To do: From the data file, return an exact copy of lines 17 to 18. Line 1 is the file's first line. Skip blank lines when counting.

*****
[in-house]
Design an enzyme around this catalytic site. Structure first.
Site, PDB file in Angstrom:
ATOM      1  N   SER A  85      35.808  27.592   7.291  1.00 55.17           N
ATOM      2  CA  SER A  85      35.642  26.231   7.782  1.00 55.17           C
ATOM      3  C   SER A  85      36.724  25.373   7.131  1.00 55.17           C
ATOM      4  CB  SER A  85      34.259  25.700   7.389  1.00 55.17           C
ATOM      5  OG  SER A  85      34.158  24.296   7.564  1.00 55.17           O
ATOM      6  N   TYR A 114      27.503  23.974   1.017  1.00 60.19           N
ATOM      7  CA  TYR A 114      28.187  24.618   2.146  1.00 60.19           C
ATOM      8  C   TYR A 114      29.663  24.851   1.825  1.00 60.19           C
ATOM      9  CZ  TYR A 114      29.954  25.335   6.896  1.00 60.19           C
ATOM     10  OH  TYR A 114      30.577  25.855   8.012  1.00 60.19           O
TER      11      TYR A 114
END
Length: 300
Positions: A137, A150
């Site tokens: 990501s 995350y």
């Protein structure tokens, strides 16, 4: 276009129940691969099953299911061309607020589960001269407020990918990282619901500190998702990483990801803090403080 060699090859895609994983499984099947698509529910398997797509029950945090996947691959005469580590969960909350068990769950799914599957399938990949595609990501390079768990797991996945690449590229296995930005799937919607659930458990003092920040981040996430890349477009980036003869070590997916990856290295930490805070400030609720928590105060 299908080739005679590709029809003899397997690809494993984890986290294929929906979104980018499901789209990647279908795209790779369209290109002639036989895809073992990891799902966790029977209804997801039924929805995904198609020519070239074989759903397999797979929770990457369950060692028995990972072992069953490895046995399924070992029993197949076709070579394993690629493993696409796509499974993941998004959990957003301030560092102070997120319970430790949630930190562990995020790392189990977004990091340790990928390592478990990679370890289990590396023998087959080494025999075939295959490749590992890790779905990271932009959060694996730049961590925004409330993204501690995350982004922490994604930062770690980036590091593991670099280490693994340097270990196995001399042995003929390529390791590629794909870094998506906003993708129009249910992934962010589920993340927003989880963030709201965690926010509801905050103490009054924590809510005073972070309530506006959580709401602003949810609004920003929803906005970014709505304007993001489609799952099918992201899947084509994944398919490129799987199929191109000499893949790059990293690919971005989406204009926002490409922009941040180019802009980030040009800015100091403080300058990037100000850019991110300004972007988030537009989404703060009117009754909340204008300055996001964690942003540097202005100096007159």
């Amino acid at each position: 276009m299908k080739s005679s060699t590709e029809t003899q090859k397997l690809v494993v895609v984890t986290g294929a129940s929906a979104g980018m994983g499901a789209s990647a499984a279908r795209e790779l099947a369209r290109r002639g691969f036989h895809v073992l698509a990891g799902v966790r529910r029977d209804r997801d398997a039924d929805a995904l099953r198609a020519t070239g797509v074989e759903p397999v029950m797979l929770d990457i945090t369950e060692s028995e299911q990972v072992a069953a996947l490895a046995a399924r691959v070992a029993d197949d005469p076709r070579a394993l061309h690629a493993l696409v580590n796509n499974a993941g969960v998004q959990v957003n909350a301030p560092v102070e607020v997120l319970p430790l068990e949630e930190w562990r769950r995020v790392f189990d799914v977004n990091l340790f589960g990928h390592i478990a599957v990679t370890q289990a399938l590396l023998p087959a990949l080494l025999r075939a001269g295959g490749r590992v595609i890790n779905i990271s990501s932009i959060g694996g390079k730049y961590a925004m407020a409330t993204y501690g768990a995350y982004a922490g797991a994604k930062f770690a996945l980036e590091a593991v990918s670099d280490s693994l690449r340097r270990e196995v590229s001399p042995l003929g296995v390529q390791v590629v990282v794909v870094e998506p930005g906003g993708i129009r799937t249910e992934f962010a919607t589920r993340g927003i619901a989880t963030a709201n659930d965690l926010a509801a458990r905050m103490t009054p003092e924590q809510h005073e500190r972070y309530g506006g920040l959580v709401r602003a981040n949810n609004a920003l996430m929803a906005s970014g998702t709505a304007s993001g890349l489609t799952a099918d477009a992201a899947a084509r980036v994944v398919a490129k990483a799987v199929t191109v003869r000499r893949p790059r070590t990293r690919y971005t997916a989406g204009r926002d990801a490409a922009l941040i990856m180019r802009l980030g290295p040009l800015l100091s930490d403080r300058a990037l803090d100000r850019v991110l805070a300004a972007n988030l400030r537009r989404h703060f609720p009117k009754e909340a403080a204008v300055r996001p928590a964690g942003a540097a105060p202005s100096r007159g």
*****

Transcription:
Positions: A137, A150
């Site tokens: 990501s 995350y």